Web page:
Individual such as Ambassador Haass must never serve in sensitive positions dictating foreign policy contrary to our national interest. Dr. Haass is a member of pro-Israeli AIPAC and must not serve this nation offering advice to Presidents. AIPAC was formed by an employee of Israeli Embassy in Washington.

    The President has acted rightly in the case of Syria. In fact, the nation rose against the war with Syria. Of course, the “Ambassador” does not even admit his portion of the crimes. He is just professing the region is ripe for unrest, just like 1618-1648! Good finding! He never address one key question. Who created the current muddle in the first place?

    The
    only reason our nation and people in Middle East are suffering is due to Israel
    not coming to peace with Palestinians. Those who support Israel neglect, for
    example, Nelson Mandela and President Carter called Israel racist. Compared to
    any nation, friends and foes, no nation has created so many million diehard
    foes for our decent people.

    Those
    who do not know history must attend History 101. Israel has been racist since
    its inception. Why?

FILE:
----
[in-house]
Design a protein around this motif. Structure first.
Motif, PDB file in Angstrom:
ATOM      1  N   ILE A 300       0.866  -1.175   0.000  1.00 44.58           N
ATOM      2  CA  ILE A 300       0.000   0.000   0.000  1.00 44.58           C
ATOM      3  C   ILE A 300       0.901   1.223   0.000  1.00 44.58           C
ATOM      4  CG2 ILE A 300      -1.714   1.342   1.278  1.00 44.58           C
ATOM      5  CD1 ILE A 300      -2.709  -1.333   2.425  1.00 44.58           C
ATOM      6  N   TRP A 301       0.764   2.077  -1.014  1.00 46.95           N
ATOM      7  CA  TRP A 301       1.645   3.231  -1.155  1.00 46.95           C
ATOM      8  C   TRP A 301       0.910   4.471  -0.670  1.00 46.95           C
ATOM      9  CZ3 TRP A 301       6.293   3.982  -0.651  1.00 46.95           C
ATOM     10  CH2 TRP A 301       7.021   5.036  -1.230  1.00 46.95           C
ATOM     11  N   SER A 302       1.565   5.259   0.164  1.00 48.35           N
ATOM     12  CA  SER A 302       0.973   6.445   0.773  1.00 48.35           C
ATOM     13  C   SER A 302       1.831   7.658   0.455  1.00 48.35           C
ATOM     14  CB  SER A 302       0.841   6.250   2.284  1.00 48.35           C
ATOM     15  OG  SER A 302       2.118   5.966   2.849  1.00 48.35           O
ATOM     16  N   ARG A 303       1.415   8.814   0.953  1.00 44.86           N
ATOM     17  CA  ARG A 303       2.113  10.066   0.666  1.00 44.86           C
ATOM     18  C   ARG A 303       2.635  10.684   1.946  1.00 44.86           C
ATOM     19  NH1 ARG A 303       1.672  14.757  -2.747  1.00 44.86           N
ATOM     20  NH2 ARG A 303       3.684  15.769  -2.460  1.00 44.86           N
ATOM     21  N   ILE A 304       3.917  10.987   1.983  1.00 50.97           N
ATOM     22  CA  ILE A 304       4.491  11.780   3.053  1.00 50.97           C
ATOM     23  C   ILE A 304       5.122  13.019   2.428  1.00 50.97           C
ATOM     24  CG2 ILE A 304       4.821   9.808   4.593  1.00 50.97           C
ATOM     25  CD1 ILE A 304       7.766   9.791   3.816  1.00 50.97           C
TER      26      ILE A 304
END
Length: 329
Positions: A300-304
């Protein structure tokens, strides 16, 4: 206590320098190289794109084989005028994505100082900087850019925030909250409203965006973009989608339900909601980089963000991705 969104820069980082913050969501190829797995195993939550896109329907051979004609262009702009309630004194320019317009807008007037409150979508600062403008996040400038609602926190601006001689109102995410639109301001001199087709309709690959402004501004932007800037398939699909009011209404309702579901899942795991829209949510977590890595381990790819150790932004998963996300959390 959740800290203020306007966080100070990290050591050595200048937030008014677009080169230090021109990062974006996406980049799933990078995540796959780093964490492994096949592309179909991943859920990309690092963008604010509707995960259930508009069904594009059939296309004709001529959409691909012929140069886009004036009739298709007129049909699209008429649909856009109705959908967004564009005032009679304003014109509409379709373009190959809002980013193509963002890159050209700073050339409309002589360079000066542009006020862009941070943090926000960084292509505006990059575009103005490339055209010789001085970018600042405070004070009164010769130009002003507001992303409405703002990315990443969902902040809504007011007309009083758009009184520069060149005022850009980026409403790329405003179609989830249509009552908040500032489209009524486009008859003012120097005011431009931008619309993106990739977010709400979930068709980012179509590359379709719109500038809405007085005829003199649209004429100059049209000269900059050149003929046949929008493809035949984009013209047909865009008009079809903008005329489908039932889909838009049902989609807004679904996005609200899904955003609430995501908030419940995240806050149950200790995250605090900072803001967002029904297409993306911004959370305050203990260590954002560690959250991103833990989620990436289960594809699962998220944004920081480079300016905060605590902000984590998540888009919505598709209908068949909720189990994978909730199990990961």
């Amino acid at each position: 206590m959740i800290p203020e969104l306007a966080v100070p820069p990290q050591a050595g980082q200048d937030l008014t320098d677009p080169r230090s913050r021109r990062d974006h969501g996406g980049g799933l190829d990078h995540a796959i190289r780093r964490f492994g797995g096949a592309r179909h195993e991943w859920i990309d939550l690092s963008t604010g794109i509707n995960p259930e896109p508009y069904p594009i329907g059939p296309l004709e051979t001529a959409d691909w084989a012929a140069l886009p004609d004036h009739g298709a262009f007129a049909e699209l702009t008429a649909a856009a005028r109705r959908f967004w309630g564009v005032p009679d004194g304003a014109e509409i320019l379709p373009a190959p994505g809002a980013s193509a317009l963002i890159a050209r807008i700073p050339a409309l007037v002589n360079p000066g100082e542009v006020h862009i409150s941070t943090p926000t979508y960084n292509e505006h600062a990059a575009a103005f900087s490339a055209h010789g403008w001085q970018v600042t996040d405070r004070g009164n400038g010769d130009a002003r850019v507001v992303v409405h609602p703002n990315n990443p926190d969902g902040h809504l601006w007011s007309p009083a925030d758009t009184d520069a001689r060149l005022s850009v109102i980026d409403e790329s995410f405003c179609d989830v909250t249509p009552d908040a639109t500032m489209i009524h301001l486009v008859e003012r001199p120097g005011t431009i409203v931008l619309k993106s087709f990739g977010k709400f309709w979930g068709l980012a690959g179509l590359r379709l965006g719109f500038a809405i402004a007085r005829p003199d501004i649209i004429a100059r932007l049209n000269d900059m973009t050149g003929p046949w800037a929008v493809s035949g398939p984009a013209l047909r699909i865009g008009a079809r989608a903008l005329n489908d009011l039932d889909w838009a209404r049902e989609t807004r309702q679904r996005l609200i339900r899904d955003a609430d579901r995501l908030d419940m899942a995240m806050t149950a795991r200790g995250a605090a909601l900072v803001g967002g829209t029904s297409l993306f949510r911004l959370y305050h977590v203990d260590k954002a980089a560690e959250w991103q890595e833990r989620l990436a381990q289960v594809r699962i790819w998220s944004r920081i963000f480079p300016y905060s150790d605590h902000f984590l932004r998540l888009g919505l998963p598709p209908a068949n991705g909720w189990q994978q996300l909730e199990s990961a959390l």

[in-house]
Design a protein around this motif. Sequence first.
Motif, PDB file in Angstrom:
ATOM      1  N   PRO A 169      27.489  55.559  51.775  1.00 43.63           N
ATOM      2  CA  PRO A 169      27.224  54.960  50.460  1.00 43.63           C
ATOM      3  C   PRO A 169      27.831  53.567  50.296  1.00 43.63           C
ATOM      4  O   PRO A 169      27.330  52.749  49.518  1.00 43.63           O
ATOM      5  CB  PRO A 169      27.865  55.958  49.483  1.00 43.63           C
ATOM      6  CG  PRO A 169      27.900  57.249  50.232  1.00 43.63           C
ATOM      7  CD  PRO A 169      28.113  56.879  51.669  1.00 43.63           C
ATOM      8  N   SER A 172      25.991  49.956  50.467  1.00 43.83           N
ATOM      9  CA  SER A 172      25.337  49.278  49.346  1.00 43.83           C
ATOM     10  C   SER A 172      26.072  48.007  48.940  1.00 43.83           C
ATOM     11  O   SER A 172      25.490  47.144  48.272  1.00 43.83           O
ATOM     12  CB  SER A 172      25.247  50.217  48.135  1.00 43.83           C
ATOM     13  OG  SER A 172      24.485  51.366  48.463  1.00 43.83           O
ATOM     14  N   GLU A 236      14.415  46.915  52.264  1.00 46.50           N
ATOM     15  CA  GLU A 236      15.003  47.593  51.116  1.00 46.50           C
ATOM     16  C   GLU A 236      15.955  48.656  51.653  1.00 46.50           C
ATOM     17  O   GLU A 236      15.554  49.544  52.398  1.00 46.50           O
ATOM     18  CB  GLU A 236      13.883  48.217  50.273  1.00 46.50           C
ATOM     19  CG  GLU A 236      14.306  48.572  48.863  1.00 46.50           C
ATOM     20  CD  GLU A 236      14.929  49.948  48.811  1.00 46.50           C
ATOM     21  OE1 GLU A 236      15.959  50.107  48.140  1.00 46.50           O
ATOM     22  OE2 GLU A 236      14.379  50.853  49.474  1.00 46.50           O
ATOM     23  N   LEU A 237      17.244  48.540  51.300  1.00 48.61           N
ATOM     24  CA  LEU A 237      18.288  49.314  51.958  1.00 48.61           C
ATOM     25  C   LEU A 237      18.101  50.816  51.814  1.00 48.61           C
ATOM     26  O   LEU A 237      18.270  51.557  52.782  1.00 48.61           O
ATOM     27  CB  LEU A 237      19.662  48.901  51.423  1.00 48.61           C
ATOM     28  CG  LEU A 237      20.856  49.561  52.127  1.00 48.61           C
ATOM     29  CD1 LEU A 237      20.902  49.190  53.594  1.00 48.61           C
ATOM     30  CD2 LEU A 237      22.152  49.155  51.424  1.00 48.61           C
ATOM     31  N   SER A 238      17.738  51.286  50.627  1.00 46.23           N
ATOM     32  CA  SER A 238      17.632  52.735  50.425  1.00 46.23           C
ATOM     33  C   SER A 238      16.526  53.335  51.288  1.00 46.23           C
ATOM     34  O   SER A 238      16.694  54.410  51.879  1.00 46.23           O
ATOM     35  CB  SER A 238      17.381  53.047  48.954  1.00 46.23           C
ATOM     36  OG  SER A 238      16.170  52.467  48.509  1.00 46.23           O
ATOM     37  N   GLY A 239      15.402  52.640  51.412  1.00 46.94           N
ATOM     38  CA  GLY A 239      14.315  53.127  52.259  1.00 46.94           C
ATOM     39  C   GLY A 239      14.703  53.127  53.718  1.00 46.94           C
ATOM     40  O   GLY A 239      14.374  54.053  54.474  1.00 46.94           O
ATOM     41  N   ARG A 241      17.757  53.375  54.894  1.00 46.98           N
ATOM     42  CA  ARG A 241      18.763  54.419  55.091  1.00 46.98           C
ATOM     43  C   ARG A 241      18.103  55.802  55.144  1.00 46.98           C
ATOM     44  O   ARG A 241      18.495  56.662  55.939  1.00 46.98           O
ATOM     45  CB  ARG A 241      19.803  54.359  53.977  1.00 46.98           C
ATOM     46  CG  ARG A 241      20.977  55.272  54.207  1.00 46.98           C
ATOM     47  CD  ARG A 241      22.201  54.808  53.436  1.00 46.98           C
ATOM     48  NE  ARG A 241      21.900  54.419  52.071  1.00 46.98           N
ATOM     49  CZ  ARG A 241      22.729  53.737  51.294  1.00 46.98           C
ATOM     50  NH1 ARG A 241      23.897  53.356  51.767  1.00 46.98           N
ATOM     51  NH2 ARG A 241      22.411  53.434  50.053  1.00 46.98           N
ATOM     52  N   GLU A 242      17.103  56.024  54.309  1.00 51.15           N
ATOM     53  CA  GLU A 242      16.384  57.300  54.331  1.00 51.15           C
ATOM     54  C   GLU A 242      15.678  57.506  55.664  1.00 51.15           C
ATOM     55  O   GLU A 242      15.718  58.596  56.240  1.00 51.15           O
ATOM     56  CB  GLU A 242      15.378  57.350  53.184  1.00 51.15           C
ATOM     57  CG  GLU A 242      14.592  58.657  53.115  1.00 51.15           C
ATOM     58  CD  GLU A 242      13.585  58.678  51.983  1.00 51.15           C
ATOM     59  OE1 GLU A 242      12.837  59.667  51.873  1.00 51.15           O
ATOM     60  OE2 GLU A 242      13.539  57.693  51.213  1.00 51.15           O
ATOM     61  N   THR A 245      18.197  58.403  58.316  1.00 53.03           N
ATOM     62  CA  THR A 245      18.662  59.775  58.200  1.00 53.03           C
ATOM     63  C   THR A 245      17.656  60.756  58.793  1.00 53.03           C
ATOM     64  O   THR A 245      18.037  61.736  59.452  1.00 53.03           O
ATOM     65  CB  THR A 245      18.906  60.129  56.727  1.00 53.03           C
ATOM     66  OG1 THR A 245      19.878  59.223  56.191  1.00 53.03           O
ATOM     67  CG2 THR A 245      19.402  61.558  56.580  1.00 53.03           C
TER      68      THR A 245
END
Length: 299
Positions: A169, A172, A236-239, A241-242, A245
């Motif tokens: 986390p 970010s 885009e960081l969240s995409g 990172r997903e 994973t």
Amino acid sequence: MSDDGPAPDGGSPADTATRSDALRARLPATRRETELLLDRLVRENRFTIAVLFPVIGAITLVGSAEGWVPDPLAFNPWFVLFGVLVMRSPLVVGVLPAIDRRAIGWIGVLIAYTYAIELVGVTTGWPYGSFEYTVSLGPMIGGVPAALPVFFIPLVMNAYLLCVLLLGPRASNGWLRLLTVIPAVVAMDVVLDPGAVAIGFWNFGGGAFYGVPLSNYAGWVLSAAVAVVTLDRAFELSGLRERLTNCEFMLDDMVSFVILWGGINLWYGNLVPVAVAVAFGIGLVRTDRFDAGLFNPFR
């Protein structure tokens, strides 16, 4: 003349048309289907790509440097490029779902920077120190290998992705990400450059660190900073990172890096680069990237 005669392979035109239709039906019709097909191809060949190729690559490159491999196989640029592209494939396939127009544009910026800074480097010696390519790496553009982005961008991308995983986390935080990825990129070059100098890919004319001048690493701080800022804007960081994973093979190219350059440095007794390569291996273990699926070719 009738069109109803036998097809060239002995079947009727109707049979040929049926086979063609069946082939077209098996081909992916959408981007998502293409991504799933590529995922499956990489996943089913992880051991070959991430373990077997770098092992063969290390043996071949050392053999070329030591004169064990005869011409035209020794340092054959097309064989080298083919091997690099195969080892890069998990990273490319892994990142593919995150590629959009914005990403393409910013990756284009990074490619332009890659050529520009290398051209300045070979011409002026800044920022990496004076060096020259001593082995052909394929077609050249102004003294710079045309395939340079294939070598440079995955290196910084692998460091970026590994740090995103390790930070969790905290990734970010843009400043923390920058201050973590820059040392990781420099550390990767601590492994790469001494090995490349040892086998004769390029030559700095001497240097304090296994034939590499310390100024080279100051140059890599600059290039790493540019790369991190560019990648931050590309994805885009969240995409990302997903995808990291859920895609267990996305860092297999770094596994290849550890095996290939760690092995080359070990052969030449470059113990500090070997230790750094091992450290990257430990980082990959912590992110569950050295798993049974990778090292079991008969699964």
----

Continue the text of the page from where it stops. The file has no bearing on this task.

David
    Ben-Gurrion, The Father of Israel, said, “We must use terror, assassination,
    intimidation, land confiscation, and the cutting of all social services to rid
    the Galilee of its Arab population.”

    During
    this war, Israeli Deputy Defense Minister, Matan Vilnai, described the fate of
    Gazans. He used the word Shoah to remind the Holocaust of his people’s most
    dreadful carnage. The Israeli official applied the word “genocide” with
    lightness! Yet, few American outlets reported it.

    World-renowned
    Israeli historians such as, Professor Ilan Pappe, has affirmed that genocide
    “is the only appropriate way to describe what the Israeli army is doing in the
    Gaza Strip.”

    Vitally,
    the genocide in Gaza cannot or will not be judged only thru total losses. It is
    a gauged and premeditated genocide, death through long-term means. Gazans are
    one way or another less human; we should ignore them, lest there is a mass
    murder or famine.